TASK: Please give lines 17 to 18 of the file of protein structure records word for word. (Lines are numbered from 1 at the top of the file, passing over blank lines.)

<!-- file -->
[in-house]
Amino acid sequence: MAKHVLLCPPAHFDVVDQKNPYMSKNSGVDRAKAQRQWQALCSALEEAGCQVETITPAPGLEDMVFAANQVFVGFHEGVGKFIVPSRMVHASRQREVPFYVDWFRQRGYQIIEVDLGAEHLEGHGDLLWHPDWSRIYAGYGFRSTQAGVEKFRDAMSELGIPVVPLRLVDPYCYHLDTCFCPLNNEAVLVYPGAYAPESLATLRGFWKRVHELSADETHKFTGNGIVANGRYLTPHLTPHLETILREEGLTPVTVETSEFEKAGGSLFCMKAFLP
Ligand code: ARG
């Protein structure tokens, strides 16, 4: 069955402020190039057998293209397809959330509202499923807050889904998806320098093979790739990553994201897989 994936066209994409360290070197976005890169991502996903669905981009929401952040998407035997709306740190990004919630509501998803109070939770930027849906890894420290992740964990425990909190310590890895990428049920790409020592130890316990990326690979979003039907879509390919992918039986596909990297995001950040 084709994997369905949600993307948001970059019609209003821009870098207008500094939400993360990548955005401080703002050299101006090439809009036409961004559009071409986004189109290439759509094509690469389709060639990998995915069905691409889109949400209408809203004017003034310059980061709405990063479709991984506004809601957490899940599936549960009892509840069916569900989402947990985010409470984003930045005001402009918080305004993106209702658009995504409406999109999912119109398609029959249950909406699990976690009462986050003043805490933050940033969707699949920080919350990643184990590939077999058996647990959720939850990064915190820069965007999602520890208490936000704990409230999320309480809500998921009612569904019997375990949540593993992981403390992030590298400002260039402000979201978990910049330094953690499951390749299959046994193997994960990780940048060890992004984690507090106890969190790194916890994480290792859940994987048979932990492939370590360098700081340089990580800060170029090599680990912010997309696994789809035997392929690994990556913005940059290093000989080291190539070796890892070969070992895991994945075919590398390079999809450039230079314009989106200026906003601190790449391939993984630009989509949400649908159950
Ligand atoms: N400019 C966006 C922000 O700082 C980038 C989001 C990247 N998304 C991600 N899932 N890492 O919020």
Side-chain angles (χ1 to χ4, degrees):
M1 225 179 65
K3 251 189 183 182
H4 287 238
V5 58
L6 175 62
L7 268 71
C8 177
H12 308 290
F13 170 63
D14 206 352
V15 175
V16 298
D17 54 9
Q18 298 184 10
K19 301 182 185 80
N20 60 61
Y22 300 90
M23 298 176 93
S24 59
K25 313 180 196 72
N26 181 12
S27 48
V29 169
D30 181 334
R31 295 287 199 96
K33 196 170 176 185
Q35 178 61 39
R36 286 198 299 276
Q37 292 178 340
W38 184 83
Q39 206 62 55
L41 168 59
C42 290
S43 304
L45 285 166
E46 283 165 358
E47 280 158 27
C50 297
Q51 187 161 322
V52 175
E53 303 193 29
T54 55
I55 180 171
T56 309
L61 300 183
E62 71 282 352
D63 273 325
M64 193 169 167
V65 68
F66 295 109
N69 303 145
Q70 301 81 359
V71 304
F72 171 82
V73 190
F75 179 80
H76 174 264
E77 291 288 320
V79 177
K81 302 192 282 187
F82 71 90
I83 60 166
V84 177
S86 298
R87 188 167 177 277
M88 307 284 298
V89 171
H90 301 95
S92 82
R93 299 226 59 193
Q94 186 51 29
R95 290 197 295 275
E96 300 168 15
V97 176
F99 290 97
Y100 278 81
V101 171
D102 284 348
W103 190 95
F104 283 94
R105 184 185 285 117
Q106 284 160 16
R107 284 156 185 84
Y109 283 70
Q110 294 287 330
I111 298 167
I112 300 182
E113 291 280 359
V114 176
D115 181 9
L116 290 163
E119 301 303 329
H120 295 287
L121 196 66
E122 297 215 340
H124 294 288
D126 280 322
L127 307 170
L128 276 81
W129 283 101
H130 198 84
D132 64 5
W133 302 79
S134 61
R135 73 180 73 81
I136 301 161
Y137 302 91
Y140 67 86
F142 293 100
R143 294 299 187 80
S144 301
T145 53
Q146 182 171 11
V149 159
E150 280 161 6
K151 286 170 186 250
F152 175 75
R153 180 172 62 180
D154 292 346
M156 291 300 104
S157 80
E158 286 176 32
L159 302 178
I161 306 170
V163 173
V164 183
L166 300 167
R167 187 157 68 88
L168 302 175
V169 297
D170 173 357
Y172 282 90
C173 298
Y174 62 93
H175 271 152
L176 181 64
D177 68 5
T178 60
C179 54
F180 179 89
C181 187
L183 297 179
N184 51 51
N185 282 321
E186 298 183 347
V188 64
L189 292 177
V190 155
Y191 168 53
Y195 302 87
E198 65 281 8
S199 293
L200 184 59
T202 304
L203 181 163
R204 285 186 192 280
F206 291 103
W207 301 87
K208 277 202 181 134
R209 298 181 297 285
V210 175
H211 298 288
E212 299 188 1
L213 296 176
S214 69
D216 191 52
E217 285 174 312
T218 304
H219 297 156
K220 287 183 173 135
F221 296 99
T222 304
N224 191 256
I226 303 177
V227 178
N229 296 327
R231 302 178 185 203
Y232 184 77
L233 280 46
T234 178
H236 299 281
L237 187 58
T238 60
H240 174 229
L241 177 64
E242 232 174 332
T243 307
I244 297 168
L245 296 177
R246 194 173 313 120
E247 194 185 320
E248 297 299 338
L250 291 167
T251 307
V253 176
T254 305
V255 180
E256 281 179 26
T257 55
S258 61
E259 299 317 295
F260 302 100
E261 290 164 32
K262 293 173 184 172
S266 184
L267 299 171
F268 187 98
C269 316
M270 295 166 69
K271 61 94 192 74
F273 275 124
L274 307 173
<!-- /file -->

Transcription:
V15 175
V16 298